The Red Lake Band of Chippewa Indians and the White Earth Band of Ojibwe, along with several environmental groups, are fighting against the pipeline in federal court, one of the three main legal challenges facing the project.
The tribes argue that the Army Corps of Engineers broke the law by granting the pipeline a permit without properly assessing how the pipeline could damage the wetlands and waterways it would cross.
The pipeline would pass through treaty-protected tribal areas, they emphasize, including watersheds that support wild rice, a staple food and an important element of cultural heritage for local tribes. And in the event of a leak, the heavy oil flowing through the pipeline could sink to the bottom of rivers and streams, making cleaning difficult, environmental groups warn.
The pipeline would also carry a particularly filthy form of oil which, if burned, would release nearly 200 million tons of greenhouse gases into the atmosphere annually over the life of the pipeline, according to the project’s final environmental impact statement. That corresponds to the emissions of 45 coal-fired power plants or 38 million cars.
In their letter, filed overnight by the Justice Department with the U.S. District Court for the District of Columbia, the Biden administration said the Corps had considered a reasonable range of alternatives, including protecting wetlands, wild rice, and cultural resources . It also said the Corps had met its obligations under the Clean Water Act. The Biden government filing urged the court to reject the tribes’ legal challenge.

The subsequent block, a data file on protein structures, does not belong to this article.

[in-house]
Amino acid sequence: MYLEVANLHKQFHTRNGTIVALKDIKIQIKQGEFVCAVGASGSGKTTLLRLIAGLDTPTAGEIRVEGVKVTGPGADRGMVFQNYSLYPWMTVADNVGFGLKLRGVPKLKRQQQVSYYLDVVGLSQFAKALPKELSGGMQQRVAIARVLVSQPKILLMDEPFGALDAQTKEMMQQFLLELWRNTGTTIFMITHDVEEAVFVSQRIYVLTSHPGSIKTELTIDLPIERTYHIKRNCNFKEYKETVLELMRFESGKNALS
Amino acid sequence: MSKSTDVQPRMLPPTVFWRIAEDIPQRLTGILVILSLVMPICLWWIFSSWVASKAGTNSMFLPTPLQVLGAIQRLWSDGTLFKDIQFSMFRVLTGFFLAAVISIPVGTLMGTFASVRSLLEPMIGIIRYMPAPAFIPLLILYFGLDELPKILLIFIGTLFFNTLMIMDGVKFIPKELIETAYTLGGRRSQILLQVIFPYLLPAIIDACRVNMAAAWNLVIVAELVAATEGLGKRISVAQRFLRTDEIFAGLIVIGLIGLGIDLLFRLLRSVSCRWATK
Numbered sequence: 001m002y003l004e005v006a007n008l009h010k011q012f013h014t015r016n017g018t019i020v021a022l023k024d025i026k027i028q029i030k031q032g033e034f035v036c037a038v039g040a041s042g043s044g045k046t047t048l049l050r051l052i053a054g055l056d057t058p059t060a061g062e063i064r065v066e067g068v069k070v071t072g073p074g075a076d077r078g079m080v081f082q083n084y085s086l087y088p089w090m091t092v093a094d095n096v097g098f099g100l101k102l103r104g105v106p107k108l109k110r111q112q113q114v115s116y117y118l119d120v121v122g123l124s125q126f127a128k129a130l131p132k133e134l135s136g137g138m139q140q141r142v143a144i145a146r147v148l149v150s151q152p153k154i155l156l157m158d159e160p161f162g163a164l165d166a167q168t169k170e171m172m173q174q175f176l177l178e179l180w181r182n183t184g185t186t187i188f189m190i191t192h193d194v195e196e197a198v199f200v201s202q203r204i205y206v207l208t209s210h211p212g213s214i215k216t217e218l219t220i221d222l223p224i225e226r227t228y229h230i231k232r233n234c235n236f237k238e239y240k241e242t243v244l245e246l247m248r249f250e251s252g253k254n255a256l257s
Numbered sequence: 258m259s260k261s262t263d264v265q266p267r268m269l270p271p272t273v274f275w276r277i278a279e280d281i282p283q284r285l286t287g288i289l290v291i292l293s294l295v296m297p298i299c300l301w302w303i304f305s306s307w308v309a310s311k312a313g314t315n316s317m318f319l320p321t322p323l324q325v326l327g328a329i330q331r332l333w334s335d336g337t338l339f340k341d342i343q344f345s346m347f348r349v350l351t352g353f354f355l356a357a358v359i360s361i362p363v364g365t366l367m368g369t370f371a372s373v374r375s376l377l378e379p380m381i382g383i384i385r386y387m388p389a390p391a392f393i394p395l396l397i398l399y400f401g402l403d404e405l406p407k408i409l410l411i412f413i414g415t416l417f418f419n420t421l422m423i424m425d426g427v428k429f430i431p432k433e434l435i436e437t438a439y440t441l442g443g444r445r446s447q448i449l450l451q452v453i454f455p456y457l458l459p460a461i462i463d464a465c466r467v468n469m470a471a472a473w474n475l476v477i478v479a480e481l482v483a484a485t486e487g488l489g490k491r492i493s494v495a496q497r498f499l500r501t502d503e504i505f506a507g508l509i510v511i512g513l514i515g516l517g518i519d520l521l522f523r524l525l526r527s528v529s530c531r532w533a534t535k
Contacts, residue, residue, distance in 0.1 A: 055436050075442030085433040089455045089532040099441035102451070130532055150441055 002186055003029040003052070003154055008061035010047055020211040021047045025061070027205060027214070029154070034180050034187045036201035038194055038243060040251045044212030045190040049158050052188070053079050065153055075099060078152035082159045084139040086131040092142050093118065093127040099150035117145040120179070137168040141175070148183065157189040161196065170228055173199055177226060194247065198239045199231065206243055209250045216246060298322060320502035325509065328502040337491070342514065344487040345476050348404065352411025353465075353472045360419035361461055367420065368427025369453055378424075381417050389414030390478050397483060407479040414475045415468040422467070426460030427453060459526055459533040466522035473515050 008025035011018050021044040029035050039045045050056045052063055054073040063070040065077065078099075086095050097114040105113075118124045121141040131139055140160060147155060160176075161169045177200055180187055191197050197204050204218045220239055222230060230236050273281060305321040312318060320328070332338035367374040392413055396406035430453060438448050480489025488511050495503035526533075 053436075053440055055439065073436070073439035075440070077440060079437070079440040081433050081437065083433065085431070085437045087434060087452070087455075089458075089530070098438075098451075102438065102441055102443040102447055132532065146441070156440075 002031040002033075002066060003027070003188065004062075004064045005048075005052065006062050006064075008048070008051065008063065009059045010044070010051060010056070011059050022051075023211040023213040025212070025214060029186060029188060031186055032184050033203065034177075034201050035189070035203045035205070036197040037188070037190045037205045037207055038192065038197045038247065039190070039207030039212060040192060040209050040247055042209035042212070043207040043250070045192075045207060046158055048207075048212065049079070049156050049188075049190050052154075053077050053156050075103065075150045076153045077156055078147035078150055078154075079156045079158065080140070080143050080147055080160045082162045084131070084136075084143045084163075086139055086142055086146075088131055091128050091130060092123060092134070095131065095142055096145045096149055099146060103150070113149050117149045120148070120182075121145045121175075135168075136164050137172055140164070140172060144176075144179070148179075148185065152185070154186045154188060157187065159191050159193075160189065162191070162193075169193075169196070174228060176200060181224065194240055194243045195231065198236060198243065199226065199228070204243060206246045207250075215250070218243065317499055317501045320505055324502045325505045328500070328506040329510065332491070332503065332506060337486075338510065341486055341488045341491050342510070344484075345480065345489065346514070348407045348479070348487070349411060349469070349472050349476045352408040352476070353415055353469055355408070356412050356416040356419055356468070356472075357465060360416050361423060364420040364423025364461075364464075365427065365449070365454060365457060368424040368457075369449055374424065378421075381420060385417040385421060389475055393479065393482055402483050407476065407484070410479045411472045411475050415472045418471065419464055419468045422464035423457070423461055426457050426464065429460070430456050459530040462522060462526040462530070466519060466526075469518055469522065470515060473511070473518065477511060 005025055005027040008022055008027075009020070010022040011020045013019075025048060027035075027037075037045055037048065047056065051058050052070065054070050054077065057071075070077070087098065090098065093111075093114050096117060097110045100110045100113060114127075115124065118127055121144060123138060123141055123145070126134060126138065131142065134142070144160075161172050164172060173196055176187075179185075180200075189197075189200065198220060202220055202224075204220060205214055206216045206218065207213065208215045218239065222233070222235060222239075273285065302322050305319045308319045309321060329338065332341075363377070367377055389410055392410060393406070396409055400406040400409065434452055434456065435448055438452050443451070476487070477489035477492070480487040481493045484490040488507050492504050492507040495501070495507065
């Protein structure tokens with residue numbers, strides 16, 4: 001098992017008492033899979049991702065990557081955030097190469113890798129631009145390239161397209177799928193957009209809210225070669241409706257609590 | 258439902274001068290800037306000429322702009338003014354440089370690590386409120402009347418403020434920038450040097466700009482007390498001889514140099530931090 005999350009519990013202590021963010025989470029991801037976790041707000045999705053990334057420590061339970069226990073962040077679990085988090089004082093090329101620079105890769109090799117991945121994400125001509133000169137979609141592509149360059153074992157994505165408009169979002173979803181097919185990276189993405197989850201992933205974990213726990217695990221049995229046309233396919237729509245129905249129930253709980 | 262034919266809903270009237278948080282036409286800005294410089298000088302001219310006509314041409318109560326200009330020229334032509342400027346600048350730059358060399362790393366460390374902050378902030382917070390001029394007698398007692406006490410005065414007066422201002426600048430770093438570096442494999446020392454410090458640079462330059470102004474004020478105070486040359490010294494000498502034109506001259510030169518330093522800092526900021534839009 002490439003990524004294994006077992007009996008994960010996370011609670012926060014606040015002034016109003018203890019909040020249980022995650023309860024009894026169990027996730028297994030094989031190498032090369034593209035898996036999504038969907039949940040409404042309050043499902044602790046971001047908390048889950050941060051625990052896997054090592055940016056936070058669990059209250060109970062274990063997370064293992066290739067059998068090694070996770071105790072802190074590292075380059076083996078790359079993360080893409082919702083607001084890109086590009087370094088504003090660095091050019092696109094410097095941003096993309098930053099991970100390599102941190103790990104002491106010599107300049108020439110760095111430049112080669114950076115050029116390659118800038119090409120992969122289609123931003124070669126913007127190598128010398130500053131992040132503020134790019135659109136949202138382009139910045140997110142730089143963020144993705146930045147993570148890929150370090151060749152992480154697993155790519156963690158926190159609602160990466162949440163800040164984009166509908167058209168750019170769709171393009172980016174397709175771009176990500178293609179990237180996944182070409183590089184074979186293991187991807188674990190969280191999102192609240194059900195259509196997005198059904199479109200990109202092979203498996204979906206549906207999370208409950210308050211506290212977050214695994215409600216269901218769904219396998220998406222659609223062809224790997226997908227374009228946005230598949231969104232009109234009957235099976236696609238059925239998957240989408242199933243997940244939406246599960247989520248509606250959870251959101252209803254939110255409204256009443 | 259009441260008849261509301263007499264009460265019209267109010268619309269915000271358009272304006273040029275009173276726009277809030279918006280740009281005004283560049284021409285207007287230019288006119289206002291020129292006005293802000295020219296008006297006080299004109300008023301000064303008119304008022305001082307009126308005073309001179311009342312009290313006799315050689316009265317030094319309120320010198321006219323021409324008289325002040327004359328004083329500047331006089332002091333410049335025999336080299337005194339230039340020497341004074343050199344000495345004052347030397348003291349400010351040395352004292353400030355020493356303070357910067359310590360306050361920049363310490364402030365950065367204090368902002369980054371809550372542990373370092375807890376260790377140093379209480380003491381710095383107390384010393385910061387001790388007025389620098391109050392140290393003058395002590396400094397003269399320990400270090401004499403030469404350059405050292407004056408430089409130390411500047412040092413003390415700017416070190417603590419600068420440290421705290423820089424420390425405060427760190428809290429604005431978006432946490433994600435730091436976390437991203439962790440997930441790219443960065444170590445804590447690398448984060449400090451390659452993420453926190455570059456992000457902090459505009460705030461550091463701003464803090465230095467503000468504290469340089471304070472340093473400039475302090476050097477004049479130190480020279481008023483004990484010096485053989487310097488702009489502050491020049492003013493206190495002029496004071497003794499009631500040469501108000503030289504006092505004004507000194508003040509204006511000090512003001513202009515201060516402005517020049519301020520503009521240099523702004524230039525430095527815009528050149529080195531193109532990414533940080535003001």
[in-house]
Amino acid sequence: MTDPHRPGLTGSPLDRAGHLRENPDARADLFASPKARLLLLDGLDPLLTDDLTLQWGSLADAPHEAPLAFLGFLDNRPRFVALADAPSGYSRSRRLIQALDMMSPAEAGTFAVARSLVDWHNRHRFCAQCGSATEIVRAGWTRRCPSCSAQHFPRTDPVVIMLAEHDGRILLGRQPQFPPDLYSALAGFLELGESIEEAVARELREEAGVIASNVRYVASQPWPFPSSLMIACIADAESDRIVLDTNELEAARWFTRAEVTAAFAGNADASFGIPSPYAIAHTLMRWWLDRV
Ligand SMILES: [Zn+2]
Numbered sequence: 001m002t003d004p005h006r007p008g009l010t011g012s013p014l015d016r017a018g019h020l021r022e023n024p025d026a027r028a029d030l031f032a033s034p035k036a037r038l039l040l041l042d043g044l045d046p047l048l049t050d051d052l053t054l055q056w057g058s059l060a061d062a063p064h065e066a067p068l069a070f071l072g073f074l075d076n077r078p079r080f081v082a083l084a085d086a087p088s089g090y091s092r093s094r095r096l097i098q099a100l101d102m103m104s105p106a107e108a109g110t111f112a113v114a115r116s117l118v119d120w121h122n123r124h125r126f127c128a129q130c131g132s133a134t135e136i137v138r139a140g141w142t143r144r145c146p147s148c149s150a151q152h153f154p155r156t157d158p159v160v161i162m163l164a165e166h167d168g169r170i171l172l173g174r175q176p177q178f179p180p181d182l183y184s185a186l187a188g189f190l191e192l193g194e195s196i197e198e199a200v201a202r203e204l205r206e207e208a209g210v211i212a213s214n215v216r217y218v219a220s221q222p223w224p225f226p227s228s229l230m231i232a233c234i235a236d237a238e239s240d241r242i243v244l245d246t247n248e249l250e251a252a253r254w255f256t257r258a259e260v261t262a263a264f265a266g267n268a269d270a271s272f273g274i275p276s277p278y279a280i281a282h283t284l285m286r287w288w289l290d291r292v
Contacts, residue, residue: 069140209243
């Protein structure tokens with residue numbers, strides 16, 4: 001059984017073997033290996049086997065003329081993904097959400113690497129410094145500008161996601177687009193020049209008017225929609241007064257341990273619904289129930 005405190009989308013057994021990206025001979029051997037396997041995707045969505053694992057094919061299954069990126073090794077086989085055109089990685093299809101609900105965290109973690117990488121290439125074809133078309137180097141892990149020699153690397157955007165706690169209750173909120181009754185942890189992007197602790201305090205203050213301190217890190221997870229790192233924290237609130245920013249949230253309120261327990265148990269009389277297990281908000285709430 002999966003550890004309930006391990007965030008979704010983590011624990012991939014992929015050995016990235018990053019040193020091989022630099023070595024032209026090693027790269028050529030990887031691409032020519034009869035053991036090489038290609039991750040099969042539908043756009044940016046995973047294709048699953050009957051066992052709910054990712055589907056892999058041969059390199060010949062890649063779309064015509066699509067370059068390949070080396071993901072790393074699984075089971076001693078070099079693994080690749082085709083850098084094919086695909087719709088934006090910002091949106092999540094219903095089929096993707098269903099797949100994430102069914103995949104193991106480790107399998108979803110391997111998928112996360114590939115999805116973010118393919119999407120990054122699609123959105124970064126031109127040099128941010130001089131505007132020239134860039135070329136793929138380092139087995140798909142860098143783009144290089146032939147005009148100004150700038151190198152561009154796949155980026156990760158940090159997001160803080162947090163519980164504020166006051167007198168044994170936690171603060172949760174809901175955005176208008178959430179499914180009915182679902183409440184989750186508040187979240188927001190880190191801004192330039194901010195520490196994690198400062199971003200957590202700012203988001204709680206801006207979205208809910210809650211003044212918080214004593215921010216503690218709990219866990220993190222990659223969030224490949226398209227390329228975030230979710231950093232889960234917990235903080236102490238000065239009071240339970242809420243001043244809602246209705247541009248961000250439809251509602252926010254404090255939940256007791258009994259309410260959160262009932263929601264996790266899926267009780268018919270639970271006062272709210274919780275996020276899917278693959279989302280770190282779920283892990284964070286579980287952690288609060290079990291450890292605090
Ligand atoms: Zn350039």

In a statement, an Enbridge spokesman, Michael Barnes, welcomed the government filing, saying it “sets out the very thorough review behind the science-based approval”.
Enbridge worked with indigenous tribes in what Mr. Barnes said was “the longest and most extensive” consultation process of its kind on an energy project. He added that under a consent decree made during the Obama administration, the company was required to replace its older pipeline.
Construction is due to be completed by the end of this year, Barnes said. The court is expected to rule on the case this year as well.
The White House declined to comment. The Justice Department did not immediately respond to requests for comment.
The extension of Line 3 was seen as a test of the Biden government’s commitment to combating climate change.
In his first week as president, Mr Biden signed an ordinance to combat climate change, rejoined the Paris Agreement, and announced another pipeline, the Keystone XL, which would also have carried the product of Canada’s oil sands, one of the dirtiest forms of energy out of Canada. He also recently suspended oil well leases at the Arctic National Wildlife Refuge.
At the same time, the Biden government has defended a huge oil drilling operation on Alaska’s North Slope and has taken other measures that could guarantee the drilling and burning of oil and gas for decades.
Matt Furber contributed the coverage from Minneapolis.